The border crossing from Ecuador to Peru could have been easy but my inability to find an illogically placed unmarked building for my motorcycle exportation stamp made the whole process more frustrating and significantly slower than it should have been.
My mood wasn’t helped by the fact that I had just said goodbye to Martin the day before. He was flying home to Germany for work but was to return the next year to continue south on his Pan-American journey. Our impromptu travel partnership ended up lasting two life-changing months, even though we were initially going opposite directions when we first met and that could have very nearly been our sole interaction.
Martin was a great travel partner, adventurer go-getter, and get-shit-done type of a human. I could trust him and rely on him when things got tough and we could also have a laugh and a beer with ease. In a short period of time we became life-long friends and despite the sadness in parting ways, we knew we would see each other again. He would’ve been good to have around for this pain in the ass border crossing.
Mancora and Mad Max-land
Once through the border, I unsuccessfully raced the sun to my first destination of Mancora– a tranquil and touristy surfer town a couple of hours south.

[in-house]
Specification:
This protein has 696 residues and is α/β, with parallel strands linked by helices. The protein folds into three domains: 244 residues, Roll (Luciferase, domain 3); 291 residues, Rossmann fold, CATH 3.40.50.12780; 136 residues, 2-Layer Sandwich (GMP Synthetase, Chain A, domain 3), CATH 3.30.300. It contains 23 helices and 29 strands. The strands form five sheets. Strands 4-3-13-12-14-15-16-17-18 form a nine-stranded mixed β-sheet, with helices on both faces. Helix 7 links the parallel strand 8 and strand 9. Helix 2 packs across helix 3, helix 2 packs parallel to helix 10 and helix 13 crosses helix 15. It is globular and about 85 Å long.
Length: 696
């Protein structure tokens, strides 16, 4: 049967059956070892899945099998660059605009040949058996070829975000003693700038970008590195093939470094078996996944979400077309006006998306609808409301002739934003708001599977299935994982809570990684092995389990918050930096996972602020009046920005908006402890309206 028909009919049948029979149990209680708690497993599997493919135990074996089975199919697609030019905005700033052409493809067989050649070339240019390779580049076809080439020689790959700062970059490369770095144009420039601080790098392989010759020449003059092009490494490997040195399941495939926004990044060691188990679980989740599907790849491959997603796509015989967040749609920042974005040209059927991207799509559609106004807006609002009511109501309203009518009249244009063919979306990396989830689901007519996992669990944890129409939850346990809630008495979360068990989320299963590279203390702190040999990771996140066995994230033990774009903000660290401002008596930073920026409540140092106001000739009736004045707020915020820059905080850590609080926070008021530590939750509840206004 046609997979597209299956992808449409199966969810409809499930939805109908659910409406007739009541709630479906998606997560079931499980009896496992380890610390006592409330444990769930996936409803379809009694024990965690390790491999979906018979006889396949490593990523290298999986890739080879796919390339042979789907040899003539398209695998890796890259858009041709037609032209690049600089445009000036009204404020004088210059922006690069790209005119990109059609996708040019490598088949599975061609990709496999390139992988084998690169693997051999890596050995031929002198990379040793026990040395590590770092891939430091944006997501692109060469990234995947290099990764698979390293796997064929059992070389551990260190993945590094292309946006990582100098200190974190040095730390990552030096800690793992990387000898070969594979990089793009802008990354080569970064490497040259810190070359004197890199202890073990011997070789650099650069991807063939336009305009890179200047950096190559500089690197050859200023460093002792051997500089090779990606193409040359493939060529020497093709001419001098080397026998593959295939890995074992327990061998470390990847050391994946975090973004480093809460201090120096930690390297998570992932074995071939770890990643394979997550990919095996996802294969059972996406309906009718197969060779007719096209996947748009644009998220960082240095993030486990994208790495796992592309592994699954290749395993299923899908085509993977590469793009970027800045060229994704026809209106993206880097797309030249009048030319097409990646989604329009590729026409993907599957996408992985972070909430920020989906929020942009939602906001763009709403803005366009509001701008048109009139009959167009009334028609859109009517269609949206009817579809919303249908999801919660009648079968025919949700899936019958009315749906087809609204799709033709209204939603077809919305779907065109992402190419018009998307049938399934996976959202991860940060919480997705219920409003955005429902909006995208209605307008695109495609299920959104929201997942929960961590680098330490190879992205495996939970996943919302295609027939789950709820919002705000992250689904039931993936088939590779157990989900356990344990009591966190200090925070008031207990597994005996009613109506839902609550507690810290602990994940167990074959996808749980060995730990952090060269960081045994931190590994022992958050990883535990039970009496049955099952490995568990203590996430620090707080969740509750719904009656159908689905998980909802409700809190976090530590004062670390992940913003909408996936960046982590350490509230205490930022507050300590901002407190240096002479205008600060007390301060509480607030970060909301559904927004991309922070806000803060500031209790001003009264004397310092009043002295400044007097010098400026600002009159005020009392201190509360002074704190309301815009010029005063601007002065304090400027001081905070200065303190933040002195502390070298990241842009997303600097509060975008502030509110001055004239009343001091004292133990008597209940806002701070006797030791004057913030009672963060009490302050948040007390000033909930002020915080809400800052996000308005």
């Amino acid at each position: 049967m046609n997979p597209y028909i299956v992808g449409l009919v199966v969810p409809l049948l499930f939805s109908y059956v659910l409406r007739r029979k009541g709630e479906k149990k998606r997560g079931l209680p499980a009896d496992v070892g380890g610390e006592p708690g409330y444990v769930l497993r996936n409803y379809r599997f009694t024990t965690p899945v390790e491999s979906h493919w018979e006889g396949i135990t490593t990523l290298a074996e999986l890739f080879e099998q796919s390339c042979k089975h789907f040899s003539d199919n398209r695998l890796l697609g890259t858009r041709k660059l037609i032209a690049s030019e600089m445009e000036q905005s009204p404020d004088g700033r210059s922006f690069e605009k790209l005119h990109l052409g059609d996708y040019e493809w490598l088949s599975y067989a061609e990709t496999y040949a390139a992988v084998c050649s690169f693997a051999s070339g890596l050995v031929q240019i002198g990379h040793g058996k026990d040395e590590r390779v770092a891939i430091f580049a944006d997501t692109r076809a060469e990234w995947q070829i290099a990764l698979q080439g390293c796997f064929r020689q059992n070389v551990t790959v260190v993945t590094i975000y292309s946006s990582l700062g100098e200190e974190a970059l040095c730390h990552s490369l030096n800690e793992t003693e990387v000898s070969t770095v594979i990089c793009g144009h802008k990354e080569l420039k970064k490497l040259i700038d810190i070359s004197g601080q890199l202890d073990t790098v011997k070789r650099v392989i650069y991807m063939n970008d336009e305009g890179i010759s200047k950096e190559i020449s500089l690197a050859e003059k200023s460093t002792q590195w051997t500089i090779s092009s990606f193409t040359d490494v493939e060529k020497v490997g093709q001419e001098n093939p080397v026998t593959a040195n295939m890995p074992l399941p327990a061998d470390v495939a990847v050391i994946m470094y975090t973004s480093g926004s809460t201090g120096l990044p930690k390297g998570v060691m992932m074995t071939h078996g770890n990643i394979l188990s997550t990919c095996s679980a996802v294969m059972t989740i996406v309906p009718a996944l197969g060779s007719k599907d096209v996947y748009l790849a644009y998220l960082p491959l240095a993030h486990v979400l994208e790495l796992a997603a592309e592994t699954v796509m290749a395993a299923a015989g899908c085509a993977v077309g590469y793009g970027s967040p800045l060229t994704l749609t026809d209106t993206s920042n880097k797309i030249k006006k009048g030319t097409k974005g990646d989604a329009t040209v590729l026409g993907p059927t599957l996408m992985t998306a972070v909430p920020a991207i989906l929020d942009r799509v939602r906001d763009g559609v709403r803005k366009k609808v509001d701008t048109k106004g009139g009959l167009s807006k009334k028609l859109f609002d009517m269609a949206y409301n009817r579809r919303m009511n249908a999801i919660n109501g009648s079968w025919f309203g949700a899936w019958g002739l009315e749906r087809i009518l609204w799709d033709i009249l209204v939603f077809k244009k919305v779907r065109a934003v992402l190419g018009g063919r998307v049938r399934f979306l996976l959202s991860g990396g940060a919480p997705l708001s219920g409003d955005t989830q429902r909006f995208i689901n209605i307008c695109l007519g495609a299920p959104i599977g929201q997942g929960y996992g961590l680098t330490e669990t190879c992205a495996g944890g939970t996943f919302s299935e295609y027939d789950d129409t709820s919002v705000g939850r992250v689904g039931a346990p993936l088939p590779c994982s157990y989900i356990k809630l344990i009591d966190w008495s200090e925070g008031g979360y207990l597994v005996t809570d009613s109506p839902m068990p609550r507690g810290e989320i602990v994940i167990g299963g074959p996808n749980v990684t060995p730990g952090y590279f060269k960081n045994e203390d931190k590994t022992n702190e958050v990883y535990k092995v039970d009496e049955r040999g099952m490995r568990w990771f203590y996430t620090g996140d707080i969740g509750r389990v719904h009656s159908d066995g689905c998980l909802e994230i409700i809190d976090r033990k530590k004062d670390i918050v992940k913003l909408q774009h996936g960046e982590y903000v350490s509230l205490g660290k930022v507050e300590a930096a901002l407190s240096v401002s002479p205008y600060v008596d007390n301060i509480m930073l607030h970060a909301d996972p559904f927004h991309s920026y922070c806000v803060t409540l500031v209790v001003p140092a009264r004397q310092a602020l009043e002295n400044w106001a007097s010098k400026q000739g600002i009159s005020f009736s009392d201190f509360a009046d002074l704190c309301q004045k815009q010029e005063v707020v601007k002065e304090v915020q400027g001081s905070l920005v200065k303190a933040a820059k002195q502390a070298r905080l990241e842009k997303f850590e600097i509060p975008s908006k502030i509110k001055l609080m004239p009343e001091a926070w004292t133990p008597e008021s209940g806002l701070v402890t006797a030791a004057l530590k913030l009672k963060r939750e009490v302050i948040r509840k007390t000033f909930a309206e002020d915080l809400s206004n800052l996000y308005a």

Mancora reminded me a lot of Montañita, Ecuador; except probably what it was like 10 years ago before it became so built up. A mixture of hostels, restaurants, surf shops, beach wear, and souvenir shops made up the fairly established tourist area while the local spots are a little more off the beaten path.
As one of Peru’s best surf breaks, locals and gringos flock to Mancora for surfing and great beaches. Thankfully I showed up on their shoulder season and the hoards had not yet arrived. With the waves slushy and needing to keep myself injury free, I made an early decision to reluctantly skip surfing and instead opted for a calm but short stay. Frankly, I needed to rest, especially with the massive distance I had to soon cover.
I hit the road with a vengeance after a two night rest in Mancora. I had three days to get to Lima, which lay almost 1,200km away.